The 1998 February 26th
Total Solar Eclipse
(from Aruba)

1998 Solar Eclipse Composite.
orig 98 composite

leafSeveral friends (including John Romkey, the gentle genius who truly gave me <wendycarlos.com> -- thanks, John!) and I observed right at the airport, which was several miles south of the capital of Oranjestad, and so had a longer duration of totality. Also, we were pressed for time, and had to get right back. That meant getting the 4 PM plane, which was cutting things pretty close...! The day before, when we arrived, I had noticed a great observing spot for this windy, dusty island: a bus waiting station with open walls, a hard floor, ceiling for wind and sun protection, and big extended windbreaker wall in front of that. It was right at the airport. Worked out well.
We had some scares when the clear morning skies went into big puffy cumulus clouds, as others on Aruba also experienced, and so an hour before totality we got worried. But the sky began to clear, just as the prior three weeks of info on the U of MN site said it usually does there in Feb: cloudy mid mornings and burned off by mid afternoons on most days, and all clear most others, only one day a week really cloudy at most. The very brief showers the cumulus spawned, while nerve-racking, did help clear the air further, so it was not as whitish with dust and sand as had been predicted.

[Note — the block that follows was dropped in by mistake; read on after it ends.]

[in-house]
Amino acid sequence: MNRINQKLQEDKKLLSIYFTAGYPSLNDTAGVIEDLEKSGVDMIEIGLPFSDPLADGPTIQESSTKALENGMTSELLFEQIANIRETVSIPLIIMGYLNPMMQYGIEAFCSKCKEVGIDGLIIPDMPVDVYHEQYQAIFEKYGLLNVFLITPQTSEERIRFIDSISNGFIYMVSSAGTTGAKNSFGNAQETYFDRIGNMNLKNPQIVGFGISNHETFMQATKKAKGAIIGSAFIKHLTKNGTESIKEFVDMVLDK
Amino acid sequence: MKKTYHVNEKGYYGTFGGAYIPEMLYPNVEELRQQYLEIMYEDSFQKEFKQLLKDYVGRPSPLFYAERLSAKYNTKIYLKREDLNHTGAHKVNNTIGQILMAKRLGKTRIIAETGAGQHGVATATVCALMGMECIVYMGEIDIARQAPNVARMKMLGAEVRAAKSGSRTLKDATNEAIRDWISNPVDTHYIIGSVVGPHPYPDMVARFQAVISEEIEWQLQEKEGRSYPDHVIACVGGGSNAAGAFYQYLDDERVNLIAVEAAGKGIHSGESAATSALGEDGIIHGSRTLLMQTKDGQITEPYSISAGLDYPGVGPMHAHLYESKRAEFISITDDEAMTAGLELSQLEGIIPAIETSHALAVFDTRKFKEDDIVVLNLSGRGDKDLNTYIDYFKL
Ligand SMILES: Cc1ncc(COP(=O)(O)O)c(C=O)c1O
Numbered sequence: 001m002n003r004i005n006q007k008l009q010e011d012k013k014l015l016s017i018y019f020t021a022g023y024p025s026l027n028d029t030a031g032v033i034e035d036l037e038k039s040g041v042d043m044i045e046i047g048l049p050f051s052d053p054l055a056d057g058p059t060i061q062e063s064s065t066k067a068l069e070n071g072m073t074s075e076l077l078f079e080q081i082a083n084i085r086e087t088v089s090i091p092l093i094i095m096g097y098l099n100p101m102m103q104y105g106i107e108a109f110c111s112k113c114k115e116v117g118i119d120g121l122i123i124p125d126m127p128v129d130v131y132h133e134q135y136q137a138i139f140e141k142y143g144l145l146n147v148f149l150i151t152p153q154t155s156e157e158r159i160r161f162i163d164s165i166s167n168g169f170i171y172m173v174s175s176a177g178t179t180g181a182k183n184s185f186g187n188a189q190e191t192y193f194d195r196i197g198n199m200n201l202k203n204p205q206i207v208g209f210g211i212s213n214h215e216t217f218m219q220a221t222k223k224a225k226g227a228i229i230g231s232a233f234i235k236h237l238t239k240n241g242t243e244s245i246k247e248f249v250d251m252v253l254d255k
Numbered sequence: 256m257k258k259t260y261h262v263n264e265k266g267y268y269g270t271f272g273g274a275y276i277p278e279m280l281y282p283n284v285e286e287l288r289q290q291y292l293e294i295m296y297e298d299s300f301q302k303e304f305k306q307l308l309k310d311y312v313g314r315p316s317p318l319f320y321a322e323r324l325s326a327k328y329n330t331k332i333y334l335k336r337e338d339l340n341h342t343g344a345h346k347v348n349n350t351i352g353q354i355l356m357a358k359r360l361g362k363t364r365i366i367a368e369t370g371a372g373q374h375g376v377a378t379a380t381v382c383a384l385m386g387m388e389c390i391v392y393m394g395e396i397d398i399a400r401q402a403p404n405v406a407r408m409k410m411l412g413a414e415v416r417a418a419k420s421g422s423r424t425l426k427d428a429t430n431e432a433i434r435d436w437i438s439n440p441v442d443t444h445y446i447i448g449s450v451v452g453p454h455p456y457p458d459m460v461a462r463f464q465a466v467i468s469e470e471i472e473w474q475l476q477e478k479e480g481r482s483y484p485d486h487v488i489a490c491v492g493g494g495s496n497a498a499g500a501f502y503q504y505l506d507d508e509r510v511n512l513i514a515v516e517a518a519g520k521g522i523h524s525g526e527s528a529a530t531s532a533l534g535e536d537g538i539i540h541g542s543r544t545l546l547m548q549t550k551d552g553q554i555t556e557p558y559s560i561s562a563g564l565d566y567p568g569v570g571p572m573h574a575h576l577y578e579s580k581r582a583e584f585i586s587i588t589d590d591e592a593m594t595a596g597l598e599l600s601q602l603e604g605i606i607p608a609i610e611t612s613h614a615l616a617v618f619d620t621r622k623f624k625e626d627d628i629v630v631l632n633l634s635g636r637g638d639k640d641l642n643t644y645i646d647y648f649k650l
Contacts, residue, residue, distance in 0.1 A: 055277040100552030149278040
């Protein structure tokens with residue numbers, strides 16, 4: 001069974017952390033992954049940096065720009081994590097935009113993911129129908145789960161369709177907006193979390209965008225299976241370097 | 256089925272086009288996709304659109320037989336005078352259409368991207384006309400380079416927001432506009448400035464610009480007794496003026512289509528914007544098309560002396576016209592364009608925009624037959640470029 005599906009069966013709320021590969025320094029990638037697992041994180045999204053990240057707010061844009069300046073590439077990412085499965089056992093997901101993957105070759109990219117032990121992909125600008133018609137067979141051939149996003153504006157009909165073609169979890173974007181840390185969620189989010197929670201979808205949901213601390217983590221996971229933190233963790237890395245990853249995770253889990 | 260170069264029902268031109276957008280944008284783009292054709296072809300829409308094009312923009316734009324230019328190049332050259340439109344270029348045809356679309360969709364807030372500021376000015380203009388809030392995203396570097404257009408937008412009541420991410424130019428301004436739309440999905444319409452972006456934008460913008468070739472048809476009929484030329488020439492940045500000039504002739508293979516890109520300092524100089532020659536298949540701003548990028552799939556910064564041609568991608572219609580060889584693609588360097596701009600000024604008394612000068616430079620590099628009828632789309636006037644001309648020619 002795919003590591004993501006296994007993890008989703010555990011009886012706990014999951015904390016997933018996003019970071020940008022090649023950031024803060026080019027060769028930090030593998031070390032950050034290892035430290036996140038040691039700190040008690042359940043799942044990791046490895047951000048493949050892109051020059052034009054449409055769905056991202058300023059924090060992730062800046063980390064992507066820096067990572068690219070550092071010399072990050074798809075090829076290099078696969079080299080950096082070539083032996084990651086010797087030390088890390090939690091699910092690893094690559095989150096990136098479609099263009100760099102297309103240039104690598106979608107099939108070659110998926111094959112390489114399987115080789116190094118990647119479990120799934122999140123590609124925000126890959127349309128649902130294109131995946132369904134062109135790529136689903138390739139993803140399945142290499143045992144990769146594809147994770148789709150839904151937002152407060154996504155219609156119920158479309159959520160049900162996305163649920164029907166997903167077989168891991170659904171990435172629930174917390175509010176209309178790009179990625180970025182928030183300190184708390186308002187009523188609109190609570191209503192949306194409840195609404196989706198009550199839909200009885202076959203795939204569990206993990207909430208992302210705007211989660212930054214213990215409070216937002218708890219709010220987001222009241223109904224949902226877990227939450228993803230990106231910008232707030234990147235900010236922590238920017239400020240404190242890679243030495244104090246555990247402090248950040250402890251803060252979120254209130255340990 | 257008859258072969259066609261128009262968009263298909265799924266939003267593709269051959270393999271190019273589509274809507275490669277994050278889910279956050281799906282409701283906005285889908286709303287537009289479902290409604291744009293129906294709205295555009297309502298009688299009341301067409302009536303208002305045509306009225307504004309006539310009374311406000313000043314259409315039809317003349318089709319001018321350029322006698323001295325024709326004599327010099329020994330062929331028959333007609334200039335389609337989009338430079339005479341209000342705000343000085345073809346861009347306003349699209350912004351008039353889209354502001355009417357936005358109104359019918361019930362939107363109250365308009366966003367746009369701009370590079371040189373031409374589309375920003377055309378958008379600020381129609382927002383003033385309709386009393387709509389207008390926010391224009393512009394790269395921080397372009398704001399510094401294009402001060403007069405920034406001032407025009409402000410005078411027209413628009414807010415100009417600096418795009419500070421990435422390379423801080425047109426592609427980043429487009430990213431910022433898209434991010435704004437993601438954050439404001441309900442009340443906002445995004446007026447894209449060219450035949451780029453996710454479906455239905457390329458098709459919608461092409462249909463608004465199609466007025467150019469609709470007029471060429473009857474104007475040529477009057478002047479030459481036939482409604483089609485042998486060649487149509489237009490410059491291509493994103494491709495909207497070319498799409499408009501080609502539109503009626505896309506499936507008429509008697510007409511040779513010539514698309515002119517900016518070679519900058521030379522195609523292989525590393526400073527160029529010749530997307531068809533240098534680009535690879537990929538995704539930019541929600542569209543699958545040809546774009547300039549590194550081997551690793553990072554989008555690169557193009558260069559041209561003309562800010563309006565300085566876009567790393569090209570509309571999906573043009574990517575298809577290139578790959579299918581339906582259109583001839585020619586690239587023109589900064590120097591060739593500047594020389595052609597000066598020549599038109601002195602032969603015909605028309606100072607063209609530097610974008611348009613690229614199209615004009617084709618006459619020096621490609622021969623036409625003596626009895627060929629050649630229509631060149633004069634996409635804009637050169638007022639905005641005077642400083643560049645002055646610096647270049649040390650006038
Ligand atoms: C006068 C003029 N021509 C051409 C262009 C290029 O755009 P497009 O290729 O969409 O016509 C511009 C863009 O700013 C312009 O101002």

We thought this was a surprisingly dark eclipse, at least it seemed so when we tried to operate our equipment. Most of the brightness seemed to be concentrated on the innermost corona, although the equatorial streamers were certainly visible and traceable for many diameters. The corona reminded us strongly of the one from 1973, rather a minimum type in transition with increasing activity, so the streamers had some fine length to them, but the poles were just the most delicate of brushes, and not many prominences were seen.